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actually just incredibly stupid. [laughter] >> i think there maybe some people in the audience who would take exception to that. john, are we ready? question, please. >> stanley. we have heard about these bilateral talks. sorry, i can't stand and hold this. i was looking at a story, the islamic republic news agency, the official news agency of iran november 24 denying that there were any bilateral talks. iran dismissed speculation by "the associated press" about bilateral talks with the united states. foreign minister official rejected the ap report. why would the foreign ministry reject this report? is there some into dissension going on in -- and in that
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respect, what about khamenei? we have a mention in the his letter seemed very bland, letter of endorsement in response to rouhani. he hasn't publicly really embraced this? >> i would disagree but he has embraced the deal and rouhani gave a very happy speech today which he counts as a 100 day of his presidency. he counts from the day when his cabinet -- i would disagree. i was a supreme leader has given a lot of support. in terms of wh why iran would be divesting secret talks, you know, maybe john, you are best placed to talk about this. the iranians still have a kind of allergy to what admitting that what you're doing what they're doing, which is negotiating face-to-face with the americans. >> that's right. i, for one, and shot to learn that there is deception going on in the islamic republic news
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agency. [laughter] i mean, that's just terrible. >> i think it's a very good question, and political peculiarities over there in which they are doing this. they're celebrating the outcome and denying the process. is peculiar is on the american side in which we got a deal but we just cannot help ourselves of accusing ourselves of surrendering your reality, unfortunate and not helpful but they will not change overnight. >> there's another factor, which is if they admit they were talks in iranians want to know who was conducting those talks. and that could put whoever it was, whether zarif are some of the novitiate and rather awkward position to have to go in front of parliament, they would be asked, what did you tell the americans, what did you promise. >> there was an interesting comment, an anthropologist may be very interesting comment this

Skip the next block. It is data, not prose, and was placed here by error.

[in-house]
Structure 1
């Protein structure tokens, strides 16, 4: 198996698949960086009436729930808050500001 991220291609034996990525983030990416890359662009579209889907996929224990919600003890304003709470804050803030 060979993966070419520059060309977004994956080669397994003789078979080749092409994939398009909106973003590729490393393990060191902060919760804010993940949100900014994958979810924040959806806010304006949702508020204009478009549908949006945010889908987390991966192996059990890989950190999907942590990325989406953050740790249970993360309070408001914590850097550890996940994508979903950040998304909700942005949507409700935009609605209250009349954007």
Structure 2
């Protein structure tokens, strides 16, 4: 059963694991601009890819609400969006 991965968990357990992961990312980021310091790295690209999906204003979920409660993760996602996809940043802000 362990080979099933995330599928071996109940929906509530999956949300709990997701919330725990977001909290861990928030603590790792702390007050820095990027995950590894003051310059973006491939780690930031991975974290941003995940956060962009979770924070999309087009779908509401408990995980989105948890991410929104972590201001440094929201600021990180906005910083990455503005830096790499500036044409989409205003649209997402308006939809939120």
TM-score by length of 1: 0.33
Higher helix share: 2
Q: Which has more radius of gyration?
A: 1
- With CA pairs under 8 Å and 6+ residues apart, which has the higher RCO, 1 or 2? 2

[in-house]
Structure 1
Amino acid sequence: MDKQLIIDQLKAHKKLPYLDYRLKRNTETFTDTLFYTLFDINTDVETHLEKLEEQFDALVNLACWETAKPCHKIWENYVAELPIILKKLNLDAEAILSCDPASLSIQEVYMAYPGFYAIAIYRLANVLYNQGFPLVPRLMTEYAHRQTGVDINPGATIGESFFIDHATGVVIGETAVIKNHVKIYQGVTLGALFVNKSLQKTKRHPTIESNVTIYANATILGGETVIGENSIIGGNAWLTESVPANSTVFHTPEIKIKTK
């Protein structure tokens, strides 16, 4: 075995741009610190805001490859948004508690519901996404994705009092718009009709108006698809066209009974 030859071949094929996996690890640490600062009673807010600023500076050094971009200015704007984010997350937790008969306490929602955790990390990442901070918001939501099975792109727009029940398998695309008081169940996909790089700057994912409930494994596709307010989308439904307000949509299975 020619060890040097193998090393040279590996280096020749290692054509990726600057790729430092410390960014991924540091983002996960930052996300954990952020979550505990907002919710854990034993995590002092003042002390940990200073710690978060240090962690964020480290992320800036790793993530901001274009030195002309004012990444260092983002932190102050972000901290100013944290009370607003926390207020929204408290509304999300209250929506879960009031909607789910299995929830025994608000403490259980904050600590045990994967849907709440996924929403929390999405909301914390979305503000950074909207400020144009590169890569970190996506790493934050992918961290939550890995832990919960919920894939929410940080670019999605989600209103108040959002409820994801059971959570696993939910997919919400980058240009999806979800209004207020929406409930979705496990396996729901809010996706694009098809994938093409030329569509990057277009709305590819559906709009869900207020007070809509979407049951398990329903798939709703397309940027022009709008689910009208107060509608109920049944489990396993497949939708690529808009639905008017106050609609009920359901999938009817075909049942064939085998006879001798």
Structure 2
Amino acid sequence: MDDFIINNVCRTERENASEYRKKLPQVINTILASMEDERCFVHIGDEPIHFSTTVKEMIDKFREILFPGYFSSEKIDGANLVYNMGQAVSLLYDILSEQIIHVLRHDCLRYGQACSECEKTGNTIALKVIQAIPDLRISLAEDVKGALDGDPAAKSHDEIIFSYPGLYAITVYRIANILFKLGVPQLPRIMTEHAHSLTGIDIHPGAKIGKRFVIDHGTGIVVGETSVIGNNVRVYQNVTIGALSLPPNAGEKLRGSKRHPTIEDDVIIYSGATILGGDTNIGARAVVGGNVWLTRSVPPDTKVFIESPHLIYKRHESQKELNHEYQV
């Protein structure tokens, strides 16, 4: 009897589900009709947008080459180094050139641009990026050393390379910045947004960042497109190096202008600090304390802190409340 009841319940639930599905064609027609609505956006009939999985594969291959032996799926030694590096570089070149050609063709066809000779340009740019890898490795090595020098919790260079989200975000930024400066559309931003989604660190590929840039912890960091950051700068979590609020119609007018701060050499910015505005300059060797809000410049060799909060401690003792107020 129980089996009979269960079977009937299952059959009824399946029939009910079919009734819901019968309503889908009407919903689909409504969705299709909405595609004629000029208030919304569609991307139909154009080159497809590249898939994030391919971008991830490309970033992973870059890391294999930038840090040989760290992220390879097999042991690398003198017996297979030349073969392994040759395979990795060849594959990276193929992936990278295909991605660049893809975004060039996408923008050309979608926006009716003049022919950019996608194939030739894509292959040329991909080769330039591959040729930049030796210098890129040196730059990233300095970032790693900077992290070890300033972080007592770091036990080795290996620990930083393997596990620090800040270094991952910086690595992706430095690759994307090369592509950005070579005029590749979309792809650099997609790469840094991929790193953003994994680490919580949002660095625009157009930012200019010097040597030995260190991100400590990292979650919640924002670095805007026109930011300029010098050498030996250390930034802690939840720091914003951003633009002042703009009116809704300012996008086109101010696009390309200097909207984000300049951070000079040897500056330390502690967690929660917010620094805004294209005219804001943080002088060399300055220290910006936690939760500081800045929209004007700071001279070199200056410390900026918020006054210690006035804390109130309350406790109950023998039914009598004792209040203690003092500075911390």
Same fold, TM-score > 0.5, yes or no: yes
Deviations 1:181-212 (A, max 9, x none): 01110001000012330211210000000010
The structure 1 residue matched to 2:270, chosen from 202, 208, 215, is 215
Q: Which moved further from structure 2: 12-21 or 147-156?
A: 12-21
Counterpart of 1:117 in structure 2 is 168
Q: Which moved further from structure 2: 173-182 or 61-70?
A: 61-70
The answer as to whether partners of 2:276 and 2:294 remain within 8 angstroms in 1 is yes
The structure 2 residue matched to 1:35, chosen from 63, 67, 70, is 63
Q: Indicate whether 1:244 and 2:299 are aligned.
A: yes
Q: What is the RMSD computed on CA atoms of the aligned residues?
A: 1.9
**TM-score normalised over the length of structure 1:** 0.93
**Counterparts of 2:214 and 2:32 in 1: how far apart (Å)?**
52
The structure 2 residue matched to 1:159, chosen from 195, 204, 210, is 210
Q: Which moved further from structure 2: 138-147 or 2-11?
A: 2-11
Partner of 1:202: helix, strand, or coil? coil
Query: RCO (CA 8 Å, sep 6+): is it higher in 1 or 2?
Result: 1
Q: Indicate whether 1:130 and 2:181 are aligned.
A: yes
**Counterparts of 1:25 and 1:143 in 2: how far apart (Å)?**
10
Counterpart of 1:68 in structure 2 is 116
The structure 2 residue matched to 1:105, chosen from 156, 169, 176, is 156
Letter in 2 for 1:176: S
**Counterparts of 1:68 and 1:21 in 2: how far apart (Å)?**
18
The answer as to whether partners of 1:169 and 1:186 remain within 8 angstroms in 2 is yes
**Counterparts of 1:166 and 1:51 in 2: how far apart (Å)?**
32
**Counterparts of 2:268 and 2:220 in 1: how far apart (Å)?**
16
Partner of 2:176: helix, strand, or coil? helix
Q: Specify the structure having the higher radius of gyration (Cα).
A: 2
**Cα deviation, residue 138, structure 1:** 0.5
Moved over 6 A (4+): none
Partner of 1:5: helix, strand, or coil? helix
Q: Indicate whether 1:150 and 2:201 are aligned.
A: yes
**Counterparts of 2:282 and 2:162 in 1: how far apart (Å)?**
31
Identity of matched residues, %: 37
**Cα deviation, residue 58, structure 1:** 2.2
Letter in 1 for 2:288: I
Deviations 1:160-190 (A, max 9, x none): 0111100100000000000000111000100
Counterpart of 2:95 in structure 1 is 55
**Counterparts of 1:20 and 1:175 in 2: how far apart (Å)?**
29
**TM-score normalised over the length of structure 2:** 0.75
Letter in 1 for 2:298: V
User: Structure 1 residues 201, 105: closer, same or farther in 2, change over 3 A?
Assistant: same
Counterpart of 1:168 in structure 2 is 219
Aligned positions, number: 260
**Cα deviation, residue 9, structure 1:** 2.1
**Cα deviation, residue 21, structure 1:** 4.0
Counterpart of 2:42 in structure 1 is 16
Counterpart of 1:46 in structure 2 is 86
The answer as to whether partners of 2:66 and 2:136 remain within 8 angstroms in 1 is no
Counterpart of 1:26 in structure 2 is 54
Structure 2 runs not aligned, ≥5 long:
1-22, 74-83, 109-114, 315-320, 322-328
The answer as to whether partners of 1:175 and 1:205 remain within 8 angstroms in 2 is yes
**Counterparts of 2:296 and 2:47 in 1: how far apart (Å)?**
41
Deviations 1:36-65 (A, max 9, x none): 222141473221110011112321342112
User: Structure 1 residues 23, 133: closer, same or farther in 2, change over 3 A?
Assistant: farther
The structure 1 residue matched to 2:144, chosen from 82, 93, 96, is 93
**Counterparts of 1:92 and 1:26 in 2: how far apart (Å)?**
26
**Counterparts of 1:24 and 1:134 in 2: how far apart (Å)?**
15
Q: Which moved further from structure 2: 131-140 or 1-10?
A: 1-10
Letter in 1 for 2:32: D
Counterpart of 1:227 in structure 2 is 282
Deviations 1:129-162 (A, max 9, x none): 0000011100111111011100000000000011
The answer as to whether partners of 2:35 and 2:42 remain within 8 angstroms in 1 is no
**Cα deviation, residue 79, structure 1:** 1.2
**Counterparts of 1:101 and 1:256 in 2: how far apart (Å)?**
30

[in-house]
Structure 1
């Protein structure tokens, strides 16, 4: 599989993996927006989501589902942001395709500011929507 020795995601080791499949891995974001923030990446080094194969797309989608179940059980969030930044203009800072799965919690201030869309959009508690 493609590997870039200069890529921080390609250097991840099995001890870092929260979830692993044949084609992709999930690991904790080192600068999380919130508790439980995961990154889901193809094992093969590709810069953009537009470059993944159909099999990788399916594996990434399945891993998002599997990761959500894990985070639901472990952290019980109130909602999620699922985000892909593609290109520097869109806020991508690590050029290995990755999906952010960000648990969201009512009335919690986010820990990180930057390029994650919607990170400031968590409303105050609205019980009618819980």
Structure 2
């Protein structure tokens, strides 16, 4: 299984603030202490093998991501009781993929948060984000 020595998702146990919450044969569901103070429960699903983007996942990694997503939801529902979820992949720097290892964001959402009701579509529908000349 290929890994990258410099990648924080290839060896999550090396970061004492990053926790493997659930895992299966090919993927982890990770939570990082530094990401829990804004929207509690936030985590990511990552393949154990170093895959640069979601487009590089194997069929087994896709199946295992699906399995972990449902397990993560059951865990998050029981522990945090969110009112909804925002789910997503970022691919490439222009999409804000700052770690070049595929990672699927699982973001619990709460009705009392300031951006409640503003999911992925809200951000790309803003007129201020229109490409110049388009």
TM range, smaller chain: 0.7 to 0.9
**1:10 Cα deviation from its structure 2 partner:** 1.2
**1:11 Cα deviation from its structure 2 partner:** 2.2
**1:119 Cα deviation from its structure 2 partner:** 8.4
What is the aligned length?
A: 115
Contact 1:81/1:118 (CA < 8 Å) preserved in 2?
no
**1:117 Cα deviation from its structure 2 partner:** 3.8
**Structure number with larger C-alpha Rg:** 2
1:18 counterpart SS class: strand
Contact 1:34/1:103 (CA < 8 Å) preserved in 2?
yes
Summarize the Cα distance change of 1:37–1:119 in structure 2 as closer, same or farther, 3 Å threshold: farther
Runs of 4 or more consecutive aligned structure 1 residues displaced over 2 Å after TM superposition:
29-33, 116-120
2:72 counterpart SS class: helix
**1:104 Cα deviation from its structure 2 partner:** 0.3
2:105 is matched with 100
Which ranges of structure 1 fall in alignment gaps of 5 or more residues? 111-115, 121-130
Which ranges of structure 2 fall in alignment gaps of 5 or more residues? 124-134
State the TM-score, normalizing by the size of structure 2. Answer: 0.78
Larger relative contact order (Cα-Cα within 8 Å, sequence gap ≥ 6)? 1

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morning i think on npr. he talked about the duality's within iranian political culture, the ability to believe two contradictory things at the same time. for example, the fact that twitter and facebook are banned and blocked while the leaders, the president, the supreme leader, the foreign minister all have their own facebook pages and twitter account. they are addicted to them. so the fact that the negotiations are happening while they are not happening shouldn't be i think very surprising spent one other factor, and that is that the people who lost the election are not happy at all. and so they are looking for ways to snipe, to bring down the government to show that this is not such a big deal. you know, and they are still there. they are temporarily contained a